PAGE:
The Colorado Rockies have become an enigma. As a team that can boast double-digit runs in any given game, their stock among highlight seekers is at an all-time high.

Projecting the playoff chances of the club is a harder ordeal. Per FanGraphs, the Rockies are at a 25.5 percent chance to make the postseason.

With their chances at a teetering sum, Rockies’ reporters Aniello Piro and Luke Zahlmann debate the outcome.

*Figures are as of June 29th.

The Case – Luke Zahlmann

The Rockies are not catching the Dodgers.

Of the teams in the National League, there isn’t a better one than the Dodgers. Already leading the NL West, their pitching staff and lineup represent the best combo in the league. Alongside the Yankees and Astros, they’re arguably the best team in the majors.

While the Rockies aren’t built to catch up to the Dodgers, they are in a prime position currently to secure a Wild Card spot for the third straight year.

As of Sunday morning, the Rockies sit at first in the Wild Card standings, in a virtual tie with the Milwaukee Brewers. If the season ended today, the game would be hosted at Coors Field, evoking memories of the two’s matchup in the Division Series last year.

When healthy, the Rockies are a patterned team that is forced to rely on their home park. Through 83 games, they’ve amassed a 24-16 record at home, with a 20-23 mark on the road. In three fewer games at home, they’ve scored 90 more runs on the year.

That trend is likely to continue, much the way it has in previous years.

With the NL East being a virtual war zone, the Braves, Phillies and Brewers will all likely limit each other from reaching astronomical win totals.

Outside of the three, the Rockies will compete with St. Louis, San Diego and likely Arizona as the year goes on. Between the four, the former boasts likely the greatest chance of success.

Nolan Arenado, Trevor Story and Charlie Blackmon have led the club, with breakout players like Tony Wolters and David Dahl extending the lineup further. Daniel Murphy and Ian Desmond’s recoveries from slow starts have been a boon to the club’s offensive firepower as well.

Outside of Wolters, the leaders of the club’s offense are all performing within their underlying parameters per Statcast, signaling the numbers aren’t a fluke.

The club leads the NL in hits (790), runs (470) and is second in slugging (.461) behind only the Dodgers (.473).

A looming question in their quest for a chance at the postseason, once again, is their starting rotation. German Marquez and Jon Gray have proven to be reliable starters. Outside of the duo, it’s been a mess.

Kyle Freeland and Tyler Anderson were both dealt demotions to Triple-A Albuquerque, with the latter undergoing knee surgery that will likely end his year. Both Chad Bettis and Jeff Hoffman were also tried out, with the veteran being sent to the bullpen and the latter once again dealt back to the Isotopes.

My belief, misguided as it may be, is that the club will make a move. Though he’s done a fine job, Jeff Bridich’s track record is becoming gloomy.

A trade deadline swing could change that track.

Marcus Stroman and Mike Minor are among the names that are known to be available on the starting pitching market. Either of the two, plus a rebound from Freeland would change the complexion of the club’s hopes.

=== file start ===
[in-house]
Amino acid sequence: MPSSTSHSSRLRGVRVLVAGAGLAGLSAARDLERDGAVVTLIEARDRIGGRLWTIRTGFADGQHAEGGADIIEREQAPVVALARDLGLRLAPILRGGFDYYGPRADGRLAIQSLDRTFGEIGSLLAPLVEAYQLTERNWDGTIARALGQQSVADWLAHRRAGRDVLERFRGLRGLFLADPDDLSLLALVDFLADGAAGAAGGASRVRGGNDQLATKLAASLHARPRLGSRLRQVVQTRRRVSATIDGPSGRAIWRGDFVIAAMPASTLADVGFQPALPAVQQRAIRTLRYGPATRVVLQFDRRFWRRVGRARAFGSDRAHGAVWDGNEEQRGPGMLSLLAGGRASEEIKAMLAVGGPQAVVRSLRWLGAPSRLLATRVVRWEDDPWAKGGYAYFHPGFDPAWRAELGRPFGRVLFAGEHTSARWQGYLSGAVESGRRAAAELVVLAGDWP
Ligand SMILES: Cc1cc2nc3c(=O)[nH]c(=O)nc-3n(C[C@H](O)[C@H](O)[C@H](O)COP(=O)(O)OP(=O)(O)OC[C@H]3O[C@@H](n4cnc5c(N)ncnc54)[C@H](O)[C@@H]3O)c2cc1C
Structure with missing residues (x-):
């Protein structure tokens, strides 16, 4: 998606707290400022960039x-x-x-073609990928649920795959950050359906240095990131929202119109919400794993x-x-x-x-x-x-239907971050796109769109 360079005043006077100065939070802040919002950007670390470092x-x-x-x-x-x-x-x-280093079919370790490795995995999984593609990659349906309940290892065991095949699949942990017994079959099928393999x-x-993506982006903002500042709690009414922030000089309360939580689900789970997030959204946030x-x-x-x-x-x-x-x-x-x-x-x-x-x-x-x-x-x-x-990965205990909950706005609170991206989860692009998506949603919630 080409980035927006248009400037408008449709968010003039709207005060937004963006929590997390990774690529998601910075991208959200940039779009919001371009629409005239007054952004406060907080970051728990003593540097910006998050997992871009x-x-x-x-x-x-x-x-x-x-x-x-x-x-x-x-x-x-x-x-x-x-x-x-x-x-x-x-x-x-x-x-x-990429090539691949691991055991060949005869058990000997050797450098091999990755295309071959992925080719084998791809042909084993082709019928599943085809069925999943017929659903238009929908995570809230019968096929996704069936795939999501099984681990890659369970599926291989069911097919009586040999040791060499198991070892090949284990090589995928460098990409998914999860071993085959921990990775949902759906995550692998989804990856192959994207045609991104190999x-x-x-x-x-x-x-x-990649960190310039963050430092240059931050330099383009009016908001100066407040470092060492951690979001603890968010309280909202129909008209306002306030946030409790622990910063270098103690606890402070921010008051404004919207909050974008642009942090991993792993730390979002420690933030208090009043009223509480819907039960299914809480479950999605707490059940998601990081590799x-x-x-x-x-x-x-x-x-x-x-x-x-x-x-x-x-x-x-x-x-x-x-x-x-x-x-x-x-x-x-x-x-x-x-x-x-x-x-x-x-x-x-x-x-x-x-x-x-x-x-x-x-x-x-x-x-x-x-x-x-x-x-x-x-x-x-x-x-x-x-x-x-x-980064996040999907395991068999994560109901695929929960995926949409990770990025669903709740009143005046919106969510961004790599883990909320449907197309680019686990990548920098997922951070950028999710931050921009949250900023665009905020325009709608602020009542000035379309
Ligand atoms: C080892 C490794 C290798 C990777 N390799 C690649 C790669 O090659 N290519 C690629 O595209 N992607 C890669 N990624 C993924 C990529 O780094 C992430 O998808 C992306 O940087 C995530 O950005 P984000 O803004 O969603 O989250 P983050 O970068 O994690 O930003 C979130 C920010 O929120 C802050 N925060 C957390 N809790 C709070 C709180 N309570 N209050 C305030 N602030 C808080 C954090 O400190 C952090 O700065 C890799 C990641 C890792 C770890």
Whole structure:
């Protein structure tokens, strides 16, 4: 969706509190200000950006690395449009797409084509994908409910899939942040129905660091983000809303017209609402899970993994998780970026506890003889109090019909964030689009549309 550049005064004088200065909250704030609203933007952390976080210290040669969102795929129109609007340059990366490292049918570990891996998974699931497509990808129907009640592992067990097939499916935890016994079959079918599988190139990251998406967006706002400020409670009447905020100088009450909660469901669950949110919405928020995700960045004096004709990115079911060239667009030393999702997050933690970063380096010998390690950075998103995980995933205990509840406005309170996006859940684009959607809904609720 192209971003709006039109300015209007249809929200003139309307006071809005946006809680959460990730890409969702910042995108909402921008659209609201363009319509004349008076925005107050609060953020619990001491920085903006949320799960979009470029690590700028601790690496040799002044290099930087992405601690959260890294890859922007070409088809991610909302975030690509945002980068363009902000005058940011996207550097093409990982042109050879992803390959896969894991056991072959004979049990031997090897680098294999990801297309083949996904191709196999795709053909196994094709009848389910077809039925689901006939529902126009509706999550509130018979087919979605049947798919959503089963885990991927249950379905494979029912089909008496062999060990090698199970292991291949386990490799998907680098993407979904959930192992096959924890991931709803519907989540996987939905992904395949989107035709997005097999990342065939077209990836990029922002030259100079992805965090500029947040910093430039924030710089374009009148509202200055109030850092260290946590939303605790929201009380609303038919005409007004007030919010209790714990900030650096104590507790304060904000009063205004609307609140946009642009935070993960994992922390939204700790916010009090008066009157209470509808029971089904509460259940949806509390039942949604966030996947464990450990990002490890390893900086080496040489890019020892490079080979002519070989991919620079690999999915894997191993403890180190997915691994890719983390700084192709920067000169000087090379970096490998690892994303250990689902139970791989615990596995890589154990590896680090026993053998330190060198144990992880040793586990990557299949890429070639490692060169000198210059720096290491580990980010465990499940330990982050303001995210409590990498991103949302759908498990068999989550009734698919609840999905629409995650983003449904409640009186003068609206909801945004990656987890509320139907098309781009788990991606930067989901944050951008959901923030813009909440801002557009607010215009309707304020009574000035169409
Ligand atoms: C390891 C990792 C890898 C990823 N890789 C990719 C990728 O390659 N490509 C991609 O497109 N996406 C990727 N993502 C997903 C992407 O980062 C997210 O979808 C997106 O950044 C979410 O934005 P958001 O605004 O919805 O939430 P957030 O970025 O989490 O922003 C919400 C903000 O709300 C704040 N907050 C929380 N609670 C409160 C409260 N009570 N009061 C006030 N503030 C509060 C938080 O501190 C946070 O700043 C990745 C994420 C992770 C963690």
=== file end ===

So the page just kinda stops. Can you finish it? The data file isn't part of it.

Betting on a guy who registered a 2.85 earned run average – in spite of his Coors Field burden – to rebound seems safe. Hedging another bet on a usually-docile general manager to make an explosive move is riskier.

For my money, given their possible window with Arenado and his opt-out clause, I’ll double down.

The Case Against – Aniello Piro

Although the Rockies have had one of the best records in baseball since the start of May, there are still many hurdles the club will need to jump through if they want to return to the postseason for the third year in a row.

First things first, the Rockies’ biggest issue is their lack of depth both around the diamond and within the pitching staff. Colorado is virtually walking on eggshells when it comes to formulating a lineup or rotation.

At the halfway point of the season, stars’ David Dahl, Trevor Story and Charlie Blackmon have all found themselves on the injured list at some point. Additionally, just two of the five starting pitchers remain from the Opening Day roster.

Due to the sheer amount of injuries and poor performance, the Rockies insurance policies have been exposed and the coverage has not been great. There is no denying the Rockies own one of the best cores in all of baseball, but their supporting cast is lackluster.

The Rockies posted a 42-39 record at the halfway point this season which is the fifth-most wins at the middle point of the season in club history. At this point last season, the Rockies were a sub .500 club with an inverse, 39-42 record.

Should the season end today, the Rockies would be in the postseason and would face either the Milwaukee Brewers or Philadelphia Phillies. That said, there are still many games to play, and whose to say the Rockies will continue play sound ball? It’s reasonable to assume the club will endure another skid like they did to open the season. And it could be detrimental.

Regardless, the primary reason the Rockies will not return to the postseason is due to their unwillingness to fortify the club. While the Brewers have shown interest in trading for Madison Bumgarner and the Phillies revamped their roster over the offseason, the Rockies have opted to work from within and have shown little inclination to improve the team externally.

Additionally, some of their offseason moves, or lack thereof, have haunted the club. D.J. LeMahieu is thriving with the New York Yankees, same with Adam Ottavino. Should the Rockies have re-signed those two, they would probably be in a much better position this season.

Is it crazy to think the Rockies would have been better off resigning LeMahieu and shifting Ryan McMahon to first base?